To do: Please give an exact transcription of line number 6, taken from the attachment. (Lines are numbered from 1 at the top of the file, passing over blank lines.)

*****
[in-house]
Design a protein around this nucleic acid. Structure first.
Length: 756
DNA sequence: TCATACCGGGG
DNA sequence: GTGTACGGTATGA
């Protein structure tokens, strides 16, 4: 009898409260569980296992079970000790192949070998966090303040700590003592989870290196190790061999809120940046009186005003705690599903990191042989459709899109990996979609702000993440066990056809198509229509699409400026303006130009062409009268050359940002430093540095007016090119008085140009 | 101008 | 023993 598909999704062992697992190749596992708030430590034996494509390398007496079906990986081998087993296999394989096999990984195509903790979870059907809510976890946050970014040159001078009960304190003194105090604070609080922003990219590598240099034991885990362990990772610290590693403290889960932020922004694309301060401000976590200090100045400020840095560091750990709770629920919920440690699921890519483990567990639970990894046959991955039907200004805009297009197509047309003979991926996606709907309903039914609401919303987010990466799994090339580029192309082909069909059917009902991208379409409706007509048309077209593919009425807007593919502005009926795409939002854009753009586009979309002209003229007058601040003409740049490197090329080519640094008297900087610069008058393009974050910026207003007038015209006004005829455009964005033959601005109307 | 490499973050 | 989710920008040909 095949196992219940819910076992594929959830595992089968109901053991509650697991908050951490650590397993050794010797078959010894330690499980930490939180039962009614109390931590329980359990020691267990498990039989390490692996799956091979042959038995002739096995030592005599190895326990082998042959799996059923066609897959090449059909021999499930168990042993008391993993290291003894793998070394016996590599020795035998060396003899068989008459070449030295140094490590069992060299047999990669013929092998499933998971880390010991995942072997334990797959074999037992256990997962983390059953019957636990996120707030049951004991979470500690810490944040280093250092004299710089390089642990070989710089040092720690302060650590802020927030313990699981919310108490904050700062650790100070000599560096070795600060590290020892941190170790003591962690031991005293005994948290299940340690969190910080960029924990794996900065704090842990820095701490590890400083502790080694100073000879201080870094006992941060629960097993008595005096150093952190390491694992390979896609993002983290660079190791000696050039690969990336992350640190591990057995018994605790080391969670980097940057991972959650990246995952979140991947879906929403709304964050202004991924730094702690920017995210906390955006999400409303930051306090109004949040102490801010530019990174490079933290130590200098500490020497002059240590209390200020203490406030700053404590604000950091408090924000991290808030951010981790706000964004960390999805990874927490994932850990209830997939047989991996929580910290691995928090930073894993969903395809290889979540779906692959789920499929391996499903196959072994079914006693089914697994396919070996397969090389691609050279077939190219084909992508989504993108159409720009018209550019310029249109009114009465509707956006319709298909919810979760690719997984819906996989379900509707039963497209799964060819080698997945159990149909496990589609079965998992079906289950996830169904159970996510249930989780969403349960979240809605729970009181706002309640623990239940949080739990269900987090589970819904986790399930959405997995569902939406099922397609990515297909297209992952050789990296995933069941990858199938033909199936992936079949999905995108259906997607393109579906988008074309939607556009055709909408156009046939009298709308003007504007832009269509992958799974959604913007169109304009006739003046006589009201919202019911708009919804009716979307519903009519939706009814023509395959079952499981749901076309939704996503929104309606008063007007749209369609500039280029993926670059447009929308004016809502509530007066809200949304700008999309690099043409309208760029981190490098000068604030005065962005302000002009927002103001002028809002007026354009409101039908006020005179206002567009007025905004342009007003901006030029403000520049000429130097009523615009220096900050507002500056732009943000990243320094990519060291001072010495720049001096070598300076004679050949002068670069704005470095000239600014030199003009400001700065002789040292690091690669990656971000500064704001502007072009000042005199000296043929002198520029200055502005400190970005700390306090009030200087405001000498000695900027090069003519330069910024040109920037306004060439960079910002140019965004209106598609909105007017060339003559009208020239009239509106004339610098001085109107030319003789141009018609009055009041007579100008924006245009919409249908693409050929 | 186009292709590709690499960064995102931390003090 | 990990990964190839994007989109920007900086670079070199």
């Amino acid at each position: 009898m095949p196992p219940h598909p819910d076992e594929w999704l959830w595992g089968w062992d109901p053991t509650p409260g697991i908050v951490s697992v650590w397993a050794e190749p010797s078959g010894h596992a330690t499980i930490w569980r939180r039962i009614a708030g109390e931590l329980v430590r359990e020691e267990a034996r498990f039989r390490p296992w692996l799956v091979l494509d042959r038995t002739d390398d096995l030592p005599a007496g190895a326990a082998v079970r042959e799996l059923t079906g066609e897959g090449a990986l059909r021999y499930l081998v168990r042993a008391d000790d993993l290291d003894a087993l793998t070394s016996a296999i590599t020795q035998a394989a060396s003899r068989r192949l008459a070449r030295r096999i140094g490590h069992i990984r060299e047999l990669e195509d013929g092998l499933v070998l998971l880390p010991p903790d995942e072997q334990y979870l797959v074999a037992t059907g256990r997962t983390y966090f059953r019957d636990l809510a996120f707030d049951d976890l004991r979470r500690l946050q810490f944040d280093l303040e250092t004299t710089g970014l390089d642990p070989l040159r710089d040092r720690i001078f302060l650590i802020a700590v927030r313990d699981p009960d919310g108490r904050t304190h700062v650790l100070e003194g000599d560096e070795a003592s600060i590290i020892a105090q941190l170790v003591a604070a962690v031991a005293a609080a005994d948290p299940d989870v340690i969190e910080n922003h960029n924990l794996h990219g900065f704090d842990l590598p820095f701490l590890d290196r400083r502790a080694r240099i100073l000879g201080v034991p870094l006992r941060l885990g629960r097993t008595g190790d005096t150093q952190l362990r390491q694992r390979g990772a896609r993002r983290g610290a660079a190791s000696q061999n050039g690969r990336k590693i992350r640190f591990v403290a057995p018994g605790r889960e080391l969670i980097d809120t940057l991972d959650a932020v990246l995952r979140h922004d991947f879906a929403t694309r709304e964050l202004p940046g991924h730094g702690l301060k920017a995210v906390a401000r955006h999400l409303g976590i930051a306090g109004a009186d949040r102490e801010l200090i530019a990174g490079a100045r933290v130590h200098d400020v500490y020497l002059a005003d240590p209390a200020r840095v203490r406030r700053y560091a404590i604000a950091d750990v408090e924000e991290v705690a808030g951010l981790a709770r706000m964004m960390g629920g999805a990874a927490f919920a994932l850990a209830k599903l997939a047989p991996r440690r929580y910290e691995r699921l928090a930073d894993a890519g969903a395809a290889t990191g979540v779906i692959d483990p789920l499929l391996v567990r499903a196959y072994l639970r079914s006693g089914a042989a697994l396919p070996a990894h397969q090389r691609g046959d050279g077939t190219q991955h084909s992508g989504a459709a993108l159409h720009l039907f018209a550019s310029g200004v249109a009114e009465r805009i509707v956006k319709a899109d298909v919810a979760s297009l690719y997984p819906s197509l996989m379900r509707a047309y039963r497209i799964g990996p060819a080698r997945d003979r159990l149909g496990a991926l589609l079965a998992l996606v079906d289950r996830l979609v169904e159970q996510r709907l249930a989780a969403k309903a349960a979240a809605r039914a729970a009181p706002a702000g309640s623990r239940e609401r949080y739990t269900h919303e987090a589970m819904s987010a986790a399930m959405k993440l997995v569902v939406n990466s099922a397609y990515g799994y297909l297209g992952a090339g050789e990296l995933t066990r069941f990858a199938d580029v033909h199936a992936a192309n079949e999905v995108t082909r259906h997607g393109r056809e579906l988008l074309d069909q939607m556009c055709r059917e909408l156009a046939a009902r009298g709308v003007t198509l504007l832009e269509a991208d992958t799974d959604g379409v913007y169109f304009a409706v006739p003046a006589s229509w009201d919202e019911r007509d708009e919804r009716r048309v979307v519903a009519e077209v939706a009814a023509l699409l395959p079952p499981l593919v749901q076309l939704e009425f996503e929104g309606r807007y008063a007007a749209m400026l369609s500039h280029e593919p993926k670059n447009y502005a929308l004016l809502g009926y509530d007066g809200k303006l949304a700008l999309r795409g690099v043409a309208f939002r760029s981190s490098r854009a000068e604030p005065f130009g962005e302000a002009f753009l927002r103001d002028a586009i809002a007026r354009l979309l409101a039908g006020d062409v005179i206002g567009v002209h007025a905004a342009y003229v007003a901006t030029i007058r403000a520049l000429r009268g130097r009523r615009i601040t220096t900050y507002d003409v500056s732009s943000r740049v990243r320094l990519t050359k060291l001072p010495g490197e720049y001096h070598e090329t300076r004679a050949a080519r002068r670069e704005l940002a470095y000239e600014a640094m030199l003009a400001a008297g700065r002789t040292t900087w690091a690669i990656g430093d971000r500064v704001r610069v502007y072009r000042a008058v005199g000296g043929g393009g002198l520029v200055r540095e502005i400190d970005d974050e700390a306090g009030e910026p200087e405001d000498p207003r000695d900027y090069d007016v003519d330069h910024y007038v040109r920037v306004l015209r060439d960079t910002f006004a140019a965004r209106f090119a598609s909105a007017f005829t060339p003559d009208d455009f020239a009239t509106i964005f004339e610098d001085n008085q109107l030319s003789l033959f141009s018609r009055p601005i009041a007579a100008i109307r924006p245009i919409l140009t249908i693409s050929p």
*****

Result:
């Protein structure tokens, strides 16, 4: 009898409260569980296992079970000790192949070998966090303040700590003592989870290196190790061999809120940046009186005003705690599903990191042989459709899109990996979609702000993440066990056809198509229509699409400026303006130009062409009268050359940002430093540095007016090119008085140009 | 101008 | 023993 598909999704062992697992190749596992708030430590034996494509390398007496079906990986081998087993296999394989096999990984195509903790979870059907809510976890946050970014040159001078009960304190003194105090604070609080922003990219590598240099034991885990362990990772610290590693403290889960932020922004694309301060401000976590200090100045400020840095560091750990709770629920919920440690699921890519483990567990639970990894046959991955039907200004805009297009197509047309003979991926996606709907309903039914609401919303987010990466799994090339580029192309082909069909059917009902991208379409409706007509048309077209593919009425807007593919502005009926795409939002854009753009586009979309002209003229007058601040003409740049490197090329080519640094008297900087610069008058393009974050910026207003007038015209006004005829455009964005033959601005109307 | 490499973050 | 989710920008040909 095949196992219940819910076992594929959830595992089968109901053991509650697991908050951490650590397993050794010797078959010894330690499980930490939180039962009614109390931590329980359990020691267990498990039989390490692996799956091979042959038995002739096995030592005599190895326990082998042959799996059923066609897959090449059909021999499930168990042993008391993993290291003894793998070394016996590599020795035998060396003899068989008459070449030295140094490590069992060299047999990669013929092998499933998971880390010991995942072997334990797959074999037992256990997962983390059953019957636990996120707030049951004991979470500690810490944040280093250092004299710089390089642990070989710089040092720690302060650590802020927030313990699981919310108490904050700062650790100070000599560096070795600060590290020892941190170790003591962690031991005293005994948290299940340690969190910080960029924990794996900065704090842990820095701490590890400083502790080694100073000879201080870094006992941060629960097993008595005096150093952190390491694992390979896609993002983290660079190791000696050039690969990336992350640190591990057995018994605790080391969670980097940057991972959650990246995952979140991947879906929403709304964050202004991924730094702690920017995210906390955006999400409303930051306090109004949040102490801010530019990174490079933290130590200098500490020497002059240590209390200020203490406030700053404590604000950091408090924000991290808030951010981790706000964004960390999805990874927490994932850990209830997939047989991996929580910290691995928090930073894993969903395809290889979540779906692959789920499929391996499903196959072994079914006693089914697994396919070996397969090389691609050279077939190219084909992508989504993108159409720009018209550019310029249109009114009465509707956006319709298909919810979760690719997984819906996989379900509707039963497209799964060819080698997945159990149909496990589609079965998992079906289950996830169904159970996510249930989780969403349960979240809605729970009181706002309640623990239940949080739990269900987090589970819904986790399930959405997995569902939406099922397609990515297909297209992952050789990296995933069941990858199938033909199936992936079949999905995108259906997607393109579906988008074309939607556009055709909408156009046939009298709308003007504007832009269509992958799974959604913007169109304009006739003046006589009201919202019911708009919804009716979307519903009519939706009814023509395959079952499981749901076309939704996503929104309606008063007007749209369609500039280029993926670059447009929308004016809502509530007066809200949304700008999309690099043409309208760029981190490098000068604030005065962005302000002009927002103001002028809002007026354009409101039908006020005179206002567009007025905004342009007003901006030029403000520049000429130097009523615009220096900050507002500056732009943000990243320094990519060291001072010495720049001096070598300076004679050949002068670069704005470095000239600014030199003009400001700065002789040292690091690669990656971000500064704001502007072009000042005199000296043929002198520029200055502005400190970005700390306090009030200087405001000498000695900027090069003519330069910024040109920037306004060439960079910002140019965004209106598609909105007017060339003559009208020239009239509106004339610098001085109107030319003789141009018609009055009041007579100008924006245009919409249908693409050929 | 186009292709590709690499960064995102931390003090 | 990990990964190839994007989109920007900086670079070199």